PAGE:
The birth and death dates of the composers represented inthis recording span just over a century, during which the classic guitaremerged, reached its apogee, declined in popularity and finally began therenaissance that has now lasted for a further century.
Dionysio Aguado (1784-1849) was born in Madrid to aprosperous family, and this enabled him to give his whole time to studying theguitar and music with the Cistercian Father Basilio; he may also have studiedwith the Italian virtuoso Federico Moretti. In 1820 he published the firstvolume of his Escuela de la guitarra. After the death of his mother he moved toParis where he gained the respect of Rossini, Bellini, Paganini and others, andmet Fernando Sor (1778-1839) with whom he developed a close friendship andplayed in duo, testified by Sor's Les deux amis, Op.41. Aguado used the nailsof his right hand in playing but Sor did not, which does not appear to havedisturbed their relationship. It was during his thirteen years in Paris thatAguado composed all his most important works, amongst which are the TroisRondos brillants, in each of which the Rondo is preceded by a slowIntroduction. In 1838 Aguado returned to Spain to teach and to compile hisNuevo metodo para guitarra, a treatise that remains an important book ofreference even today.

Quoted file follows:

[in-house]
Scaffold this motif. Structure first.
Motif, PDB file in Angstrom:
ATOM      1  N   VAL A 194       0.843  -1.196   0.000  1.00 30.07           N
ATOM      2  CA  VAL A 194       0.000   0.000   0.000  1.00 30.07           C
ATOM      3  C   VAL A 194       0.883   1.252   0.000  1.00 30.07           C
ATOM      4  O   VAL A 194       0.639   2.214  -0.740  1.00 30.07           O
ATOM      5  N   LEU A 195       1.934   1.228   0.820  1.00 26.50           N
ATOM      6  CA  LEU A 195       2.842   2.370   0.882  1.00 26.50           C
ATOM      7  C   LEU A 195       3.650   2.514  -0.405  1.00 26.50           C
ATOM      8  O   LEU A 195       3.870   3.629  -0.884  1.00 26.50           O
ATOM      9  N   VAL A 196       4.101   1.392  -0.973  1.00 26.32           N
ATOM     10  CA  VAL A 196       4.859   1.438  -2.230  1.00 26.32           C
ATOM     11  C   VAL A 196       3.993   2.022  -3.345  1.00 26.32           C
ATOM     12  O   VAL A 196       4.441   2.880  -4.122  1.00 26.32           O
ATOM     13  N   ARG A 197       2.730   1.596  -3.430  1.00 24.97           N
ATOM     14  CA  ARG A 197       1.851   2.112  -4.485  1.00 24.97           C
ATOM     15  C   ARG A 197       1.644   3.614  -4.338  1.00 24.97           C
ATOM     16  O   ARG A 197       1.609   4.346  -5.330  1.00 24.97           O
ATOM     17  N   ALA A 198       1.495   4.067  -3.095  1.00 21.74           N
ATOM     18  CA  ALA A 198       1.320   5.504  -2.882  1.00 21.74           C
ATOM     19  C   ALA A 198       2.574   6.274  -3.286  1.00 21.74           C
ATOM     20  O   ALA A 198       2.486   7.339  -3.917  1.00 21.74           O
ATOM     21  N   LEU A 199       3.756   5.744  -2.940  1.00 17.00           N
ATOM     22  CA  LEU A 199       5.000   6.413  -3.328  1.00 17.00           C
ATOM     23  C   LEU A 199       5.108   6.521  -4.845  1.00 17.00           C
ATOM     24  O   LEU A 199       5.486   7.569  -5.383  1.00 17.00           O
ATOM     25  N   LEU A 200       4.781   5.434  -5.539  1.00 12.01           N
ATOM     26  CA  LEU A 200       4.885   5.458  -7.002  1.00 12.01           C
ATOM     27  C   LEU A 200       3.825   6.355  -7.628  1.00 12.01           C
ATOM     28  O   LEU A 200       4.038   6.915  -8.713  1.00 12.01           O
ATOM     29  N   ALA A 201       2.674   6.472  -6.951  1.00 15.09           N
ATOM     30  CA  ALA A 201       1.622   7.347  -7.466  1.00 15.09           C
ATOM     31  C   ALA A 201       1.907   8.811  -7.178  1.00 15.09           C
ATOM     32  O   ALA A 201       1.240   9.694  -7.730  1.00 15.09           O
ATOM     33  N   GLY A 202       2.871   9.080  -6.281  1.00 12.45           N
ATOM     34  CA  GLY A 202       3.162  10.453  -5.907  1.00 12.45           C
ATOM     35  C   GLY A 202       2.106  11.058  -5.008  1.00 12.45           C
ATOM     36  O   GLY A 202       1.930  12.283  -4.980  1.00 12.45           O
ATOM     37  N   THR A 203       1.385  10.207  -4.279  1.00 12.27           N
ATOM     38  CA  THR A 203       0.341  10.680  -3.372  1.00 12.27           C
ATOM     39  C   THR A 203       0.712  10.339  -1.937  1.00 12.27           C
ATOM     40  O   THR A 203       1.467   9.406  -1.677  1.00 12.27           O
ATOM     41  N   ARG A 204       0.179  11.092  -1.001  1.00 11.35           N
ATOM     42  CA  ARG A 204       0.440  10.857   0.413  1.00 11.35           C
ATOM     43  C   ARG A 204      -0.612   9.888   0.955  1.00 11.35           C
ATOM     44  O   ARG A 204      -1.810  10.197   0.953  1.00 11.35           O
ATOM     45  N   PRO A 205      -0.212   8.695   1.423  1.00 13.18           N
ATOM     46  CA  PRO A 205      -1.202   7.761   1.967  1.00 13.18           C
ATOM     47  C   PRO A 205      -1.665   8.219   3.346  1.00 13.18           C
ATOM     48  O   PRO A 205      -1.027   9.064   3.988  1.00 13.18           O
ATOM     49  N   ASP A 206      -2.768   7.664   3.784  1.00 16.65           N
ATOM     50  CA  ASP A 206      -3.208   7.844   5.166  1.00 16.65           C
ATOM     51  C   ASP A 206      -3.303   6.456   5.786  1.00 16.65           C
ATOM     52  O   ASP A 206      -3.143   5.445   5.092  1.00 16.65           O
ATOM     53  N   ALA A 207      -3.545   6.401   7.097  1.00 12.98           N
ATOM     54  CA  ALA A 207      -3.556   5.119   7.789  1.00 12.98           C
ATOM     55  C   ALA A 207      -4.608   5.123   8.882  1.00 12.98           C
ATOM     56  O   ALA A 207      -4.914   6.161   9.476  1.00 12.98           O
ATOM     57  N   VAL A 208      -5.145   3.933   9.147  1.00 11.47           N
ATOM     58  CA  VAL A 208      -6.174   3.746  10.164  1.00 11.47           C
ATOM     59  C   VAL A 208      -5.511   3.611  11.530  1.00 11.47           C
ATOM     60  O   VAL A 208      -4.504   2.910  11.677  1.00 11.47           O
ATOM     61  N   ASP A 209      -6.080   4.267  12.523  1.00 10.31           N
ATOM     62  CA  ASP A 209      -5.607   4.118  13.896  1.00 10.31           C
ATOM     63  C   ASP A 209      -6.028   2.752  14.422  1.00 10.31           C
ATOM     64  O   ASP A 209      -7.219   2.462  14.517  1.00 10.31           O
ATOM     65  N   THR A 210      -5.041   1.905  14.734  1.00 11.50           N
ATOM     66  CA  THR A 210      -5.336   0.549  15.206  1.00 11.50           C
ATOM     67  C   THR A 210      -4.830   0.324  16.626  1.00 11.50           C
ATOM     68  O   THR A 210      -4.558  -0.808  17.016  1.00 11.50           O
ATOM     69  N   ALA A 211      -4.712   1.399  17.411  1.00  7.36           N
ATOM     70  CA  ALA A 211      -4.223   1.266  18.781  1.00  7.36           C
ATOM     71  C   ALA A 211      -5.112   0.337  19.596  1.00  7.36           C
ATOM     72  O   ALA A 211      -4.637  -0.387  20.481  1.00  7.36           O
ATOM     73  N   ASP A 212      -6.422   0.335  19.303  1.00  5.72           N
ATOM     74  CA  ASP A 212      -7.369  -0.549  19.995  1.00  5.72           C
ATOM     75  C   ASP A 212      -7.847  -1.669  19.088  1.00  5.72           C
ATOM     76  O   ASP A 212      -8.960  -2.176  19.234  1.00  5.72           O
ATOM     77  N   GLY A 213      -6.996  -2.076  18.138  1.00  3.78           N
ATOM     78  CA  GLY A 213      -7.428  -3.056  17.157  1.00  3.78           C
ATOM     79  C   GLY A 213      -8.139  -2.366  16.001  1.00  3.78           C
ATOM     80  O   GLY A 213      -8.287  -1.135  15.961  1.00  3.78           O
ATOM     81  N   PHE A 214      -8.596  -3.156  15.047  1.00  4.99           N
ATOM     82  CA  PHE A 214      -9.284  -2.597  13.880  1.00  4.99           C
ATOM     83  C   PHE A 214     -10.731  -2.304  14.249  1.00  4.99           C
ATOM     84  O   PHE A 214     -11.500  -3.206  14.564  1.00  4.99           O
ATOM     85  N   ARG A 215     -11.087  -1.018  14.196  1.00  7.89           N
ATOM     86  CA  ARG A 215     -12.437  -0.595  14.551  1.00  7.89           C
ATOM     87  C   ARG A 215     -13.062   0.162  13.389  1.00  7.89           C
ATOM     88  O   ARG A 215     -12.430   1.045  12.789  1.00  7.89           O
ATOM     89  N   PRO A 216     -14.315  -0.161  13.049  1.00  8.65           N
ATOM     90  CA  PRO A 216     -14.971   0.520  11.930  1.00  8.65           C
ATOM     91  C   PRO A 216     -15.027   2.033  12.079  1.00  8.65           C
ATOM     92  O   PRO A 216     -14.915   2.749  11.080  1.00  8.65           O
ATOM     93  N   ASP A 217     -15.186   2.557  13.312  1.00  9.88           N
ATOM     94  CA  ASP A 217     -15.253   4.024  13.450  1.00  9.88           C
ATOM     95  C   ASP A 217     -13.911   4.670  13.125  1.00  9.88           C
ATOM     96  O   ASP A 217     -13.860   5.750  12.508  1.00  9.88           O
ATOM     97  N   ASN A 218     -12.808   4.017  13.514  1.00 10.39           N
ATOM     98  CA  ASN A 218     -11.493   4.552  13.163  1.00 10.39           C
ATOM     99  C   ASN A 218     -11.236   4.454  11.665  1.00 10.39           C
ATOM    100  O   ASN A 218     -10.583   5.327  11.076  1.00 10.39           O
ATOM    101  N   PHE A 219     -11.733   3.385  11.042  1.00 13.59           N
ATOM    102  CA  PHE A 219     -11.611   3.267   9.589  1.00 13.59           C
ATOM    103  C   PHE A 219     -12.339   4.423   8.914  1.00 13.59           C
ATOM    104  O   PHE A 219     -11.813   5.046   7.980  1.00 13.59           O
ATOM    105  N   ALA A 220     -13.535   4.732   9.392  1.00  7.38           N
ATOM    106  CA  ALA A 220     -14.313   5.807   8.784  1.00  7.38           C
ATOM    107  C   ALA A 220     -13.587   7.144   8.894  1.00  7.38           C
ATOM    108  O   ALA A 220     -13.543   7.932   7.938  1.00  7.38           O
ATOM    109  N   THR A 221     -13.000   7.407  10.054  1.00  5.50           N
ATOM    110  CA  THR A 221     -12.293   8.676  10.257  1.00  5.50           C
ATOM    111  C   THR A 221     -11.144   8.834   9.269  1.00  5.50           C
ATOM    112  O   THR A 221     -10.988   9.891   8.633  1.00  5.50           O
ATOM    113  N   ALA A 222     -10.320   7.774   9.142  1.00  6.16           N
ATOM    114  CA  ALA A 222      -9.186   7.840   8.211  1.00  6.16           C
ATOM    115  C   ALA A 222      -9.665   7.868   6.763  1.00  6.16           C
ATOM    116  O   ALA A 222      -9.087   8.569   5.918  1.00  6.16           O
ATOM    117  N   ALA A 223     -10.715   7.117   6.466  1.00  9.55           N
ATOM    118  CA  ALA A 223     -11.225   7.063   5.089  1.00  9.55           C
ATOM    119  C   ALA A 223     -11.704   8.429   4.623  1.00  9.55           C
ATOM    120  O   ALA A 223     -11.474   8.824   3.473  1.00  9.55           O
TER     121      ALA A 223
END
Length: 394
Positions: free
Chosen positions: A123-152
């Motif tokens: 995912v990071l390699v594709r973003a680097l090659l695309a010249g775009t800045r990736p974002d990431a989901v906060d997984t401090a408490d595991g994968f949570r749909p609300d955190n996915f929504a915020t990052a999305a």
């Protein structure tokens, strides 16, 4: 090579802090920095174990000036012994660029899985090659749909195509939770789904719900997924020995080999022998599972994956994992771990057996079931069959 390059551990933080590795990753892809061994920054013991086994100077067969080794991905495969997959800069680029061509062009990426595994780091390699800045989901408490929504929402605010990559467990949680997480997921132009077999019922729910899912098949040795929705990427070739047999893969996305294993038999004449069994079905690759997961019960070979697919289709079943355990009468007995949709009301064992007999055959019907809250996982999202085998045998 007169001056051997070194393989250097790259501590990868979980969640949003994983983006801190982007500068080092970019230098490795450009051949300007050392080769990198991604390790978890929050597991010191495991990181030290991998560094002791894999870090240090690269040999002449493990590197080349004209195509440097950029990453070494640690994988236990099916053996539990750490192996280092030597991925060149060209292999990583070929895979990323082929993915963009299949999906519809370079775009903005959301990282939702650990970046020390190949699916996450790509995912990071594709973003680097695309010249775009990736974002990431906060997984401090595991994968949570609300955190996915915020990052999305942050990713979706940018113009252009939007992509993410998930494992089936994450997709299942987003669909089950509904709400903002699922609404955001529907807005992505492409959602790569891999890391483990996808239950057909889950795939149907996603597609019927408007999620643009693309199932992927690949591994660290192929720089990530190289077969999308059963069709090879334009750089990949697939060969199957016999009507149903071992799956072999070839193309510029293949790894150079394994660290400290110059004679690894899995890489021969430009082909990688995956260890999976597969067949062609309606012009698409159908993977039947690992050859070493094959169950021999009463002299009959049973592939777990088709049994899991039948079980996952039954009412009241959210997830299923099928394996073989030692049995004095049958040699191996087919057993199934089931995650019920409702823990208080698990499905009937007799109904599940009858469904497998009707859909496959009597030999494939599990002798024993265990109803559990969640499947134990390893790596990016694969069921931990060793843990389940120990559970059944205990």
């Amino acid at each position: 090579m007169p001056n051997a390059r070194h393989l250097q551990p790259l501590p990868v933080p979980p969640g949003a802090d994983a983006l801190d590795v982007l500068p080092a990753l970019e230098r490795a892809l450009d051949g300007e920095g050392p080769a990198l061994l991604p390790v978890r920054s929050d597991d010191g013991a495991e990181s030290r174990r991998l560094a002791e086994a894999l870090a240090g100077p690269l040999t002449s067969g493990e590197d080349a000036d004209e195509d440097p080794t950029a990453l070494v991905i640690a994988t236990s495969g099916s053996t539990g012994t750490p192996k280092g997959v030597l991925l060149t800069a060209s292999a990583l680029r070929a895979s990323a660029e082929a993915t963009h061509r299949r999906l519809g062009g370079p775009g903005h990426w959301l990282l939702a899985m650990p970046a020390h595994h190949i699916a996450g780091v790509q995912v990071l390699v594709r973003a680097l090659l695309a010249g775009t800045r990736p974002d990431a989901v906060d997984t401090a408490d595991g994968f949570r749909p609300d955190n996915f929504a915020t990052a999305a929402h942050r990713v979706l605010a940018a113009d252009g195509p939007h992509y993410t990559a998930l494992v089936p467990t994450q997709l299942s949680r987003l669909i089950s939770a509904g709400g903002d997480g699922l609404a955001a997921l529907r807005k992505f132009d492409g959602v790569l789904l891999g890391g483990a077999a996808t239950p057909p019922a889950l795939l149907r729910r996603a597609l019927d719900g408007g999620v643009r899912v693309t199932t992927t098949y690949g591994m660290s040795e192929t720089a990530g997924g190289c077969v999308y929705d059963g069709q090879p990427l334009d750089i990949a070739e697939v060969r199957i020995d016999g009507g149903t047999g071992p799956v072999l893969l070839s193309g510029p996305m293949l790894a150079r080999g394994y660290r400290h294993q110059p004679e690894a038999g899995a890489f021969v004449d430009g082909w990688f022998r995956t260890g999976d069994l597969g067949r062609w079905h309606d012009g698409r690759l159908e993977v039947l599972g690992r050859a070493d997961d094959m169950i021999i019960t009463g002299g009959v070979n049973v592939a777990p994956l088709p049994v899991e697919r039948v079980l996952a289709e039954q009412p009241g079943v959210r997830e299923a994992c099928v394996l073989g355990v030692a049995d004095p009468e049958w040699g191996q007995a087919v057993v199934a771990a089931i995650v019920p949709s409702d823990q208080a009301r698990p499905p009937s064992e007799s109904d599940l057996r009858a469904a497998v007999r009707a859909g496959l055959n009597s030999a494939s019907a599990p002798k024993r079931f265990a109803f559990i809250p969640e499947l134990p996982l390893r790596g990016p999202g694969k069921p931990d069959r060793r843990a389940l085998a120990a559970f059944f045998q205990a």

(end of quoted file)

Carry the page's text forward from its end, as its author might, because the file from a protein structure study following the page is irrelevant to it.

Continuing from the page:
Napoleon Coste (1806-1883) was born in the French village ofAmondans, of which his father, a former military man, was the mayor. He beganto play the guitar at the age of six, assisted by his mother, an amateurguitarist. A serious illness caused plans for him to follow in his father'smilitary footsteps to be abandoned. His devotion to the guitar continued,however, and after some notable successes in Valenciennes, where he lived inadolescence, he moved to Paris in 1830. There he met all the great guitaristsof the time, studied with Fernando Sor and took lessons in theory andcomposition. In 1863 he injured his right arm, after which it never fullyrecovered and his performing career ended. He continued, however, to teach andcompose, leaving an ceuvre of over 53 brilliant works. Les soirees d'Auteuil isthe last of his Sept morceaux episodiques, consisting of a Serenade andScherzo, both in 3/8 time.